West: I had the Sarah character in mind while writing the script, but I had planned on casting someone from Montana for that. I had actually cast a woman and her four-year-old daughter, but it fell through right before we started shooting, so I talked to Hillary, who is an old friend from Minnesota. She wasn’t an actress, but she takes a lot of very natural photographs of people and women, so she has always had a great understanding of how to be natural in front of a camera. The timing ended up working out, and I luckily ended up finding this four-year old girl, Rainy, at the last minute. She and Hillary had this amazing connection, which I think is really palpable in the film.

Filmmaker: Did you shoot the different storylines over the course of the two summers, or would you knock them out one by one?

West: It was tough because everything was so intertwined, so we sort of shot most of it the first summer in bits and pieces, not necessarily one by one. Many of the characters were interacting with each other, so everyone just came for the whole three weeks, and we would shoot with them sometimes and sometimes they would just hang out.

The summer that we went back, I didn’t take Paul, Liz, or Hillary with me, who were the main characters of the film, but I did take Alex Karpovsky (who was not there the first summer).

He had always been interested in being a part of the film, but I kept telling him I didn’t think it was the right fit. I was never trying to trick the audience into thinking it was a doc, but it was very important to me that everything felt natural.

Filmmaker: What changed your mind?

West: So I told him no for the first year of making the film, but while we were there, we happened to meet this incredible Russian woman who was a poet and an old television personality. We shot the scenes with her and Hillary during that summer, but we had no way of translating with her. We basically mimed what we wanted, and she spoke very, very little broken English so we managed to get by.

I thought it would be incredible to flesh out her story a bit, because it was obvious through the photos of Russia she was showing us and images from her life there that she was the epitome of that feeling of being happy where you currently are and understanding the beauty of the place, but longing for your past and the things you had known.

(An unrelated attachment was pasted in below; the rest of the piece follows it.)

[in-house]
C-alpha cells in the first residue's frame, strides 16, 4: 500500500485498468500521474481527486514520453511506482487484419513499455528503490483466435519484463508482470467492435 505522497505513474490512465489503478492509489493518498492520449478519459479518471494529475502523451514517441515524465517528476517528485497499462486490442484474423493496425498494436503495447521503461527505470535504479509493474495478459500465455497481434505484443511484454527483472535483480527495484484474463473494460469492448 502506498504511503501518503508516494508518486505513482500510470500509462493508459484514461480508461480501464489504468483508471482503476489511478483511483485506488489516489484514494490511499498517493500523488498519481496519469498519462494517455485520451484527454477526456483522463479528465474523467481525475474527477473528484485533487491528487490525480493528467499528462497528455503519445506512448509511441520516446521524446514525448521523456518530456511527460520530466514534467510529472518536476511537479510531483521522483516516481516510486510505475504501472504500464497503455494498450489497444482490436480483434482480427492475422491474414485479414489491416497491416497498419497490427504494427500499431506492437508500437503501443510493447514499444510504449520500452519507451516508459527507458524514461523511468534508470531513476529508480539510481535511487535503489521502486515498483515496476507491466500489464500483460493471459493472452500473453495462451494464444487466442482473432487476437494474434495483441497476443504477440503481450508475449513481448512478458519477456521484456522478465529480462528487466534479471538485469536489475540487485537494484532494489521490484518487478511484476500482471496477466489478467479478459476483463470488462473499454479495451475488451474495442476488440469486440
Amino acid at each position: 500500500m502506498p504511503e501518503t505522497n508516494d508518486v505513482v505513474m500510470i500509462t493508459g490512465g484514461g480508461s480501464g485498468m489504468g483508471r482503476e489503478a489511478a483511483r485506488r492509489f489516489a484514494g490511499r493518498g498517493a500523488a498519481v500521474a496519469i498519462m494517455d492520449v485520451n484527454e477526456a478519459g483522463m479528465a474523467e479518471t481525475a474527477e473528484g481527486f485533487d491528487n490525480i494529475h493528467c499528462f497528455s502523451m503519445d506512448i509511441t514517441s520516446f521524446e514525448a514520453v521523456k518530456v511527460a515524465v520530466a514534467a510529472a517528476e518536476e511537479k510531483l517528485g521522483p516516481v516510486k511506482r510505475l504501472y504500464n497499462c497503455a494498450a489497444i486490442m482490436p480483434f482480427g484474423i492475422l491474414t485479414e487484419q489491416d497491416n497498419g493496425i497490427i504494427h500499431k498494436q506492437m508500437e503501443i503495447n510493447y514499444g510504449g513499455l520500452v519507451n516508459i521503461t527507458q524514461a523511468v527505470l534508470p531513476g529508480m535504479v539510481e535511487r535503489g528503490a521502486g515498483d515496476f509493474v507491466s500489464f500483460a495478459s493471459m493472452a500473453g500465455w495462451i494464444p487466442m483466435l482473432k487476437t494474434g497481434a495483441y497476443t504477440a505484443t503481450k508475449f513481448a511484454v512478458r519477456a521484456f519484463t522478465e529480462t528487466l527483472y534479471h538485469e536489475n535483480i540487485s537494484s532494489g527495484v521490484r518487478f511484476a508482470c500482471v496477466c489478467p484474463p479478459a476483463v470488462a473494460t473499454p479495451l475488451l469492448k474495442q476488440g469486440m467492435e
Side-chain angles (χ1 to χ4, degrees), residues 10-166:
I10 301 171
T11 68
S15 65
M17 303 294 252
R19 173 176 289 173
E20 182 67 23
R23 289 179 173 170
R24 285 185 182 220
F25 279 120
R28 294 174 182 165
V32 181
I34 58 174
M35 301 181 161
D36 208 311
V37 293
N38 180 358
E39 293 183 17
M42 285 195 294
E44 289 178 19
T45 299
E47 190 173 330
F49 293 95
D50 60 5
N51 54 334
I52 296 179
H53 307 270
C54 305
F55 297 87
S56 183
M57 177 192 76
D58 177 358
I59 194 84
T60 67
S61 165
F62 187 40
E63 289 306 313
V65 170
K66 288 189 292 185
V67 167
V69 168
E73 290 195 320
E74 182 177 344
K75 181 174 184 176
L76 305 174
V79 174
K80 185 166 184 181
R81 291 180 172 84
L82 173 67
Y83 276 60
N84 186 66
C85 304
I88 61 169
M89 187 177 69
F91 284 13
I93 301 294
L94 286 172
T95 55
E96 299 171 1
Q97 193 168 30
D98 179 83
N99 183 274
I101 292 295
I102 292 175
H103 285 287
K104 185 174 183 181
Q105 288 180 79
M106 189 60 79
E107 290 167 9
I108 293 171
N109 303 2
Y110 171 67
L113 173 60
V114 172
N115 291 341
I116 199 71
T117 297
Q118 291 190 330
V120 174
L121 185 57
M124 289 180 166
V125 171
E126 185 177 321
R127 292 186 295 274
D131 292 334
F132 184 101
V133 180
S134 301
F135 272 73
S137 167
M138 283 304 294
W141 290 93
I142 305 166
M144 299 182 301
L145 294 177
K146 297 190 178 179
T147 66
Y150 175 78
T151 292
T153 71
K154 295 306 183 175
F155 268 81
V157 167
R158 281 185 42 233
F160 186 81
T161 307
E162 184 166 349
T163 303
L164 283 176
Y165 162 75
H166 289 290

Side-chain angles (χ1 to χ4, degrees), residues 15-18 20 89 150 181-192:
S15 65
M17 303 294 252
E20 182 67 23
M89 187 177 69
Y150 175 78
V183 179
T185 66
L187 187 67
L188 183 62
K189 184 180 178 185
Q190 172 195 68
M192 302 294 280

Alex just happens to speak Russian, so I thought it would be really nice to have a different sort of mother relationship be a strong part of the film as well.

You get to see the connection between women through the Sarah/Rainy/Dawn characters, and then you get to see the mother/son relationship through Gallina and Al.

Filmmaker: Did you find that you worked differently with Alex than with the non-actors?

West: Yeah. I mean, Alex is an incredibly talented filmmaker and such a smart person, so I think he is a bit more aware of the way people interact than other people that I was working with, but we are also good friends so it wasn’t a strict actor/director relationship. It was easy and fun. Alex has the capacity to do so many different things, but he often ends up playing a sort of cranky Brooklynite, and we just mainly focused on making sure that was not a part of his character

Filmmaker: Did you have to really develop the characters with the other actors, or did you just roll the camera and take it from there?

West: It was different with everyone. With Liz, who plays Dawn, there was a sense of having to make sure she knew that ‘Dawn’ was separate from ‘Liz’. We would talk about the things ‘Dawn’ would do in relation to the way Liz would do them. But at the same time, she is such an interesting woman, that I wanted her to be open to being herself on screen. I think in the end she really opened up to being in the film and I know she’s really proud of what her character became.